LA PAZ – An international group of prosecutors probing last week’s Lamia airlines plane crash in Colombia that left 71 dead, including members of Brazilian soccer club Chapecoense, began meeting on Wednesday in the Bolivian city of Santa Cruz to coordinate their efforts in the case.
Bolivian Attorney General Ramiro Guerrero co-hosted the gathering along with the top prosecutor in Santa Cruz province, Gomer Padilla, officials told EFE.
Prosecutors from the southern Brazilian city of Chapeco, where Chapecoense is based; Brazil’s federal AG’s office; and the northwestern Colombian province of Antioquia, where the crash occurred, also took part in the meeting.
The charter plane, which was carrying Chapecoense players, executives, coaches and other staff, along with special guests, journalists and a crew of nine, took off from Santa Cruz and crashed on the night of Nov. 28 in the mountains outside Medellin, Antioquia’s capital.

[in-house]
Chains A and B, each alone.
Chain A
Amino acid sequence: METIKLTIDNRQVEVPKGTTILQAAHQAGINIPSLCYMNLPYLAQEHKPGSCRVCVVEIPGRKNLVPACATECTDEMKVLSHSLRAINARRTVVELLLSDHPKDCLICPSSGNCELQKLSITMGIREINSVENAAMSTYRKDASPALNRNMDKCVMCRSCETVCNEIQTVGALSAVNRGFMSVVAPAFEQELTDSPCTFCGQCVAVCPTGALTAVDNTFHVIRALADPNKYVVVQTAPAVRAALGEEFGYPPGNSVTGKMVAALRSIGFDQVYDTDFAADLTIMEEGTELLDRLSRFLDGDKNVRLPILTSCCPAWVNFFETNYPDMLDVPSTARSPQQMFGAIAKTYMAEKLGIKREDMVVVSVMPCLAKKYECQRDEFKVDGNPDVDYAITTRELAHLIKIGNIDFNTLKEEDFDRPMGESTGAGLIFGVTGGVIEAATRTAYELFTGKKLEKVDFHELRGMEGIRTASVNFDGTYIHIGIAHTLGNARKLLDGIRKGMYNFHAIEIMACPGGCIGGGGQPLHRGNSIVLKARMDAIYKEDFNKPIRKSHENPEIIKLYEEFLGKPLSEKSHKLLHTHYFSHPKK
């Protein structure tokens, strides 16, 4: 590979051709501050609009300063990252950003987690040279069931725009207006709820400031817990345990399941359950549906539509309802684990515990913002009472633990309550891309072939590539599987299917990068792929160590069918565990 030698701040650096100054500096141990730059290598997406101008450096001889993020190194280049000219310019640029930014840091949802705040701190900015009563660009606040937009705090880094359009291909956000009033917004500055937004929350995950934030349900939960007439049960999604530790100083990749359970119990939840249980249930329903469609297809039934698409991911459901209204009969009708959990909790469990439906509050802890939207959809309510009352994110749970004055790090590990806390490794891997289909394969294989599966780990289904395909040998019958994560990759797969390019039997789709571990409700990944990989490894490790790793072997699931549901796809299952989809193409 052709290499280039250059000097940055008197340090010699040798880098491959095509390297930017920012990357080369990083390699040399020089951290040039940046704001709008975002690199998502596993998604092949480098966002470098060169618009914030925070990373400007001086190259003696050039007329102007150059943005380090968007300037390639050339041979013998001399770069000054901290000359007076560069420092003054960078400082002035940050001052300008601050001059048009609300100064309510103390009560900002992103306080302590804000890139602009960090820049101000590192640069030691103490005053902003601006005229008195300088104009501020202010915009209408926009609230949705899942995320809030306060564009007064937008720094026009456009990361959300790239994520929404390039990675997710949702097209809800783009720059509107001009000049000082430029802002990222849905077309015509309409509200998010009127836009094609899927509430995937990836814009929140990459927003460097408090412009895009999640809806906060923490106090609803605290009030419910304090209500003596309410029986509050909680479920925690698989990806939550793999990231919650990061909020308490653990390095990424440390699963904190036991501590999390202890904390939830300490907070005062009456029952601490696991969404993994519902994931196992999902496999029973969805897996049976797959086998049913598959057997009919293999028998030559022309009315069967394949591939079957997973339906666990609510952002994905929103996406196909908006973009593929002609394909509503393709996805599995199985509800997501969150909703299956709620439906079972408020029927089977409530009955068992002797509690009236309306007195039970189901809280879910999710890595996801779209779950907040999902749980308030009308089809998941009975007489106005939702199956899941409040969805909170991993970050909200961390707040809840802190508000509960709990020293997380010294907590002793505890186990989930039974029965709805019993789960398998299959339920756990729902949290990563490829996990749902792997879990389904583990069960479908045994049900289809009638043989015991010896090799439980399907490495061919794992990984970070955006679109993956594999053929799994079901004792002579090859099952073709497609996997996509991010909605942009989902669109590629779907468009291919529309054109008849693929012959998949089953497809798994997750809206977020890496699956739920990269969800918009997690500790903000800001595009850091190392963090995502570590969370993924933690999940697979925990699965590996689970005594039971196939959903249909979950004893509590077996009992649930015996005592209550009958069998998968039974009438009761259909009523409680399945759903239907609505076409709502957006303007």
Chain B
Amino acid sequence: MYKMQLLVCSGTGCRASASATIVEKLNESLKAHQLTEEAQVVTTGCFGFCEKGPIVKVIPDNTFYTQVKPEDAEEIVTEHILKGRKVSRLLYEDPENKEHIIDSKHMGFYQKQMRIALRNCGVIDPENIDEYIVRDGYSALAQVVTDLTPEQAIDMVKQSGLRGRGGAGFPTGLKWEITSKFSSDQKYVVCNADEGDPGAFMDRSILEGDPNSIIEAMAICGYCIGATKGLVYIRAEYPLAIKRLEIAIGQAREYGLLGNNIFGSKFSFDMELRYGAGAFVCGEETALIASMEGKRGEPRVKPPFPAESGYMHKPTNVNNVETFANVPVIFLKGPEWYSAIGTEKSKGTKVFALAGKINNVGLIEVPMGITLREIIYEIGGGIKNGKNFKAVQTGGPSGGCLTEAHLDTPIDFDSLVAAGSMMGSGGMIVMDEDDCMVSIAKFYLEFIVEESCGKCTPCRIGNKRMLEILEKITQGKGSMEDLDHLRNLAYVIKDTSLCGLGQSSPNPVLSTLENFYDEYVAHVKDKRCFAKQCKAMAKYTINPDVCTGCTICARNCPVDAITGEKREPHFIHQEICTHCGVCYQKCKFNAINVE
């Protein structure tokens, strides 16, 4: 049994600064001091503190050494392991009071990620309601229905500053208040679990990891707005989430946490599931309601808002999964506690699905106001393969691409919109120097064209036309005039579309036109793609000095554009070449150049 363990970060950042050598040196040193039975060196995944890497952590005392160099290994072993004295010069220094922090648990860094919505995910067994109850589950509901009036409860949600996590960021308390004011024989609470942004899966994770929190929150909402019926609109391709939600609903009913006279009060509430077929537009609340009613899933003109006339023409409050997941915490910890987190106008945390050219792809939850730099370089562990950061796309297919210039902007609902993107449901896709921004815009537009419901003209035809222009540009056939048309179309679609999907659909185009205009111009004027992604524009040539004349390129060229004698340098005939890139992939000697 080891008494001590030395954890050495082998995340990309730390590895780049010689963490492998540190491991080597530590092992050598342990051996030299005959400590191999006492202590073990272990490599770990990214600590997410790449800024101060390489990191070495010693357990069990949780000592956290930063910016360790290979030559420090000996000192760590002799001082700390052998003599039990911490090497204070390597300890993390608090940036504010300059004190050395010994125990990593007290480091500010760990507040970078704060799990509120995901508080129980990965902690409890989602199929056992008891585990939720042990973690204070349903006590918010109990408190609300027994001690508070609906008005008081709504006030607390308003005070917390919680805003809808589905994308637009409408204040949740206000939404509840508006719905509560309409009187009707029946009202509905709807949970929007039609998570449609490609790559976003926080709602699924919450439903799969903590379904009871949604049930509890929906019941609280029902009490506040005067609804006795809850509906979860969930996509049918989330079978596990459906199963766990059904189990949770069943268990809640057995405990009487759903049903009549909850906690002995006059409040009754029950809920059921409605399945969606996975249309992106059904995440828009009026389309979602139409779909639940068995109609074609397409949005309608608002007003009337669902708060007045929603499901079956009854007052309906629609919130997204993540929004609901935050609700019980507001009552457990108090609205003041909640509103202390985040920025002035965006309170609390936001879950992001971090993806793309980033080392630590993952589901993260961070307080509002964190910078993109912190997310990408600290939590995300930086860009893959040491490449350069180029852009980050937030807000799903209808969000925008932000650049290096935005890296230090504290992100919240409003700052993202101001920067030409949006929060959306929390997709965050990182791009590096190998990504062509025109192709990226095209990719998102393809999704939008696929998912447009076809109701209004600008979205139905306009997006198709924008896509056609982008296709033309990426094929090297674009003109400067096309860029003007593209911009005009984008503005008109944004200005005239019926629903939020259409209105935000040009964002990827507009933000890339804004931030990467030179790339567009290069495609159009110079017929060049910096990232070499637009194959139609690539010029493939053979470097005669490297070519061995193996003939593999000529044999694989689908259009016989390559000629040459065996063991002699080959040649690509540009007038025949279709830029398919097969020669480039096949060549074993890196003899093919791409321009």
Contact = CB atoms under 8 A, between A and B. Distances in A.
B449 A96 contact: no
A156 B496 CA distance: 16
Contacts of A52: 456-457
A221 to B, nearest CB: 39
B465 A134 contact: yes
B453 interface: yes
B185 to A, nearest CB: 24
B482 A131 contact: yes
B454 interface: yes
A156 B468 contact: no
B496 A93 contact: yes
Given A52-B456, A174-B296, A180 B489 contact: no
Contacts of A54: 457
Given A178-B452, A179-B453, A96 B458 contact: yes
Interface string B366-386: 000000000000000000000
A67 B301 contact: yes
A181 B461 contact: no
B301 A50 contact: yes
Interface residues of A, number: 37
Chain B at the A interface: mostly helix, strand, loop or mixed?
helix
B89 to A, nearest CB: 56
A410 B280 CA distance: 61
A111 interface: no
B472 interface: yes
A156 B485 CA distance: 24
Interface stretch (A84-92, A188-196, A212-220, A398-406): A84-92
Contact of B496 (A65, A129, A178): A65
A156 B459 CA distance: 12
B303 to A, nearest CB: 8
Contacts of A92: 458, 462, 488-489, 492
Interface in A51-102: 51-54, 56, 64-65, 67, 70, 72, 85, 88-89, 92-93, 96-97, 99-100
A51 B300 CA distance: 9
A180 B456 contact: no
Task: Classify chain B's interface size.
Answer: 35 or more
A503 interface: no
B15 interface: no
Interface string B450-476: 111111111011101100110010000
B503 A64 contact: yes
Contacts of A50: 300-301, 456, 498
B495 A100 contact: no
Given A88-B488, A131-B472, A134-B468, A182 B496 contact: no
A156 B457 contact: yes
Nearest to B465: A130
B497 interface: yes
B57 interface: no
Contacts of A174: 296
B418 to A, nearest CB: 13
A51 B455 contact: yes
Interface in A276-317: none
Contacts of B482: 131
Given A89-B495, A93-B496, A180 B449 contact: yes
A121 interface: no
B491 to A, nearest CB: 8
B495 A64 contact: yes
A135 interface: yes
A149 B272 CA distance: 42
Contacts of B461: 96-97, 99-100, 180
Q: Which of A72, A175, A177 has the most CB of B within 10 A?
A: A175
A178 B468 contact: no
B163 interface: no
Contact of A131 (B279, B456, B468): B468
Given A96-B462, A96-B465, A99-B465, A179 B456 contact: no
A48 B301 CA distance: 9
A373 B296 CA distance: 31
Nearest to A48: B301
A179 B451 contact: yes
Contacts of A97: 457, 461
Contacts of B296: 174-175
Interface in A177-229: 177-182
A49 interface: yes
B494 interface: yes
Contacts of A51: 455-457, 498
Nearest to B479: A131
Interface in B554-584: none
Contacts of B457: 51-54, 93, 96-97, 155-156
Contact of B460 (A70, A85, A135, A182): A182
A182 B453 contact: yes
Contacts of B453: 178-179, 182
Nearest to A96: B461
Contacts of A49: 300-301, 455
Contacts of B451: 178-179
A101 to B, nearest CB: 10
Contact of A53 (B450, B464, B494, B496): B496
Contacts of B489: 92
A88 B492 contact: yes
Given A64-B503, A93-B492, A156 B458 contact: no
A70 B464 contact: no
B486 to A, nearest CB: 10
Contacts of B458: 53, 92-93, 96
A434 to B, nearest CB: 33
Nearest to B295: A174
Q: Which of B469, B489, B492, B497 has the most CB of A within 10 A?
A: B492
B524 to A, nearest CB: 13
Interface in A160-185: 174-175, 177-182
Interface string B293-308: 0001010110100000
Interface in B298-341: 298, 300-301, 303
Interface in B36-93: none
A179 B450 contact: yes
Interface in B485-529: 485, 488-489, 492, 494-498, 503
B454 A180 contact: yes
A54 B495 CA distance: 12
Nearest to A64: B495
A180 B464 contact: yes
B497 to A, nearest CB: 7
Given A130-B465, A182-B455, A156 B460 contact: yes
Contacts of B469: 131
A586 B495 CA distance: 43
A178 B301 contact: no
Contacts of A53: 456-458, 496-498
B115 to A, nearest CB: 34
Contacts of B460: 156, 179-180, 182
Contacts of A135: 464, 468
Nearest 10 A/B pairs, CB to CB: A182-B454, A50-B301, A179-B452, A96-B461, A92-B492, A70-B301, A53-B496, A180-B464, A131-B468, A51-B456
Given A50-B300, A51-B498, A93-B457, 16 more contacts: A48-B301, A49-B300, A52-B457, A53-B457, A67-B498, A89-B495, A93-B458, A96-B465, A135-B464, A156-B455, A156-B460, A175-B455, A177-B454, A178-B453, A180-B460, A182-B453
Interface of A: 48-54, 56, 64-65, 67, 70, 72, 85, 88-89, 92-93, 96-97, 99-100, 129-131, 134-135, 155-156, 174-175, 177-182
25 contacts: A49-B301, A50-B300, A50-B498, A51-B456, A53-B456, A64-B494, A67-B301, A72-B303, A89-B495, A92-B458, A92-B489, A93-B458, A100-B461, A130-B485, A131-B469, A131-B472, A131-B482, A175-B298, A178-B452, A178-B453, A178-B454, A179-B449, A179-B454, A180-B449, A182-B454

Six people – including three players – survived the crash, which, according to the initial investigation, occurred after the plane ran out of fuel.
The members of Chapecoense, who had earlier taken a commercial flight to Santa Cruz, were traveling to Medellin to play in the first leg of the Copa Sudamericana final against Atletico Nacional.
The final was canceled after the crash, with Chapecoense awarded the title at Atletico Nacional’s request.
On Tuesday, prosecutors raided Lamia’s headquarters in Santa Cruz city and arrested the airline’s CEO, Gustavo Vargas Gamboa, and two other employees.
Vargas, who underwent a kidney transplant in 2013 and suffers from diabetes, was taken to that city’s San Juan de Dios hospital for a health examination on Wednesday at prosecutors’ request, that hospital’s director, Marcelo Cuellar, told reporters.
He is currently in stable condition, Cuellar said.
The other two Lamia employees were taken into custody on Tuesday but were released in recent hours after undergoing questioning by Bolivian prosecutors.